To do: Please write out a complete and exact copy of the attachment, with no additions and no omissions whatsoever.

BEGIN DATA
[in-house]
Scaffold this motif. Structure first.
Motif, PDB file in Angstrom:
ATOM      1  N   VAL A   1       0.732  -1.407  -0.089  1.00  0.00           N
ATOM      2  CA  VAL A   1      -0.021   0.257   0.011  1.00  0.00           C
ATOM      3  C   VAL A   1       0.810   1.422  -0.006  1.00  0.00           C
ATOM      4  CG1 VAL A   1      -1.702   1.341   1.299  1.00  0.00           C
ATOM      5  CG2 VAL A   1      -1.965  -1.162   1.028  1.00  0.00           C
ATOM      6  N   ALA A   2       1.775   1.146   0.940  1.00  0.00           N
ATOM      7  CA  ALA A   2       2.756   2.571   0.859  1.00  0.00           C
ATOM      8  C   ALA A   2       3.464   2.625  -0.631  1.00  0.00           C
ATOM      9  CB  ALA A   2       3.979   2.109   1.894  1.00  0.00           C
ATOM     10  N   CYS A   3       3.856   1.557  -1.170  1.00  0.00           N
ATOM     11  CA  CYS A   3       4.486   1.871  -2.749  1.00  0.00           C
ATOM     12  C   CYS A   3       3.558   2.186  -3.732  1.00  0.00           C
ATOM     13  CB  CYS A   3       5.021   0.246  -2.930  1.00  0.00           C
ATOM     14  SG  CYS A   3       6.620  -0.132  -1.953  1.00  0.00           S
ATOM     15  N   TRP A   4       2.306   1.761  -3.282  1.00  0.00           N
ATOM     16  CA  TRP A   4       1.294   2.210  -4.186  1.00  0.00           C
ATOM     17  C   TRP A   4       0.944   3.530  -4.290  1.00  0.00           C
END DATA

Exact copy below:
[in-house]
Scaffold this motif. Structure first.
Motif, PDB file in Angstrom:
ATOM      1  N   VAL A   1       0.732  -1.407  -0.089  1.00  0.00           N
ATOM      2  CA  VAL A   1      -0.021   0.257   0.011  1.00  0.00           C
ATOM      3  C   VAL A   1       0.810   1.422  -0.006  1.00  0.00           C
ATOM      4  CG1 VAL A   1      -1.702   1.341   1.299  1.00  0.00           C
ATOM      5  CG2 VAL A   1      -1.965  -1.162   1.028  1.00  0.00           C
ATOM      6  N   ALA A   2       1.775   1.146   0.940  1.00  0.00           N
ATOM      7  CA  ALA A   2       2.756   2.571   0.859  1.00  0.00           C
ATOM      8  C   ALA A   2       3.464   2.625  -0.631  1.00  0.00           C
ATOM      9  CB  ALA A   2       3.979   2.109   1.894  1.00  0.00           C
ATOM     10  N   CYS A   3       3.856   1.557  -1.170  1.00  0.00           N
ATOM     11  CA  CYS A   3       4.486   1.871  -2.749  1.00  0.00           C
ATOM     12  C   CYS A   3       3.558   2.186  -3.732  1.00  0.00           C
ATOM     13  CB  CYS A   3       5.021   0.246  -2.930  1.00  0.00           C
ATOM     14  SG  CYS A   3       6.620  -0.132  -1.953  1.00  0.00           S
ATOM     15  N   TRP A   4       2.306   1.761  -3.282  1.00  0.00           N
ATOM     16  CA  TRP A   4       1.294   2.210  -4.186  1.00  0.00           C
ATOM     17  C   TRP A   4       0.944   3.530  -4.290  1.00  0.00           C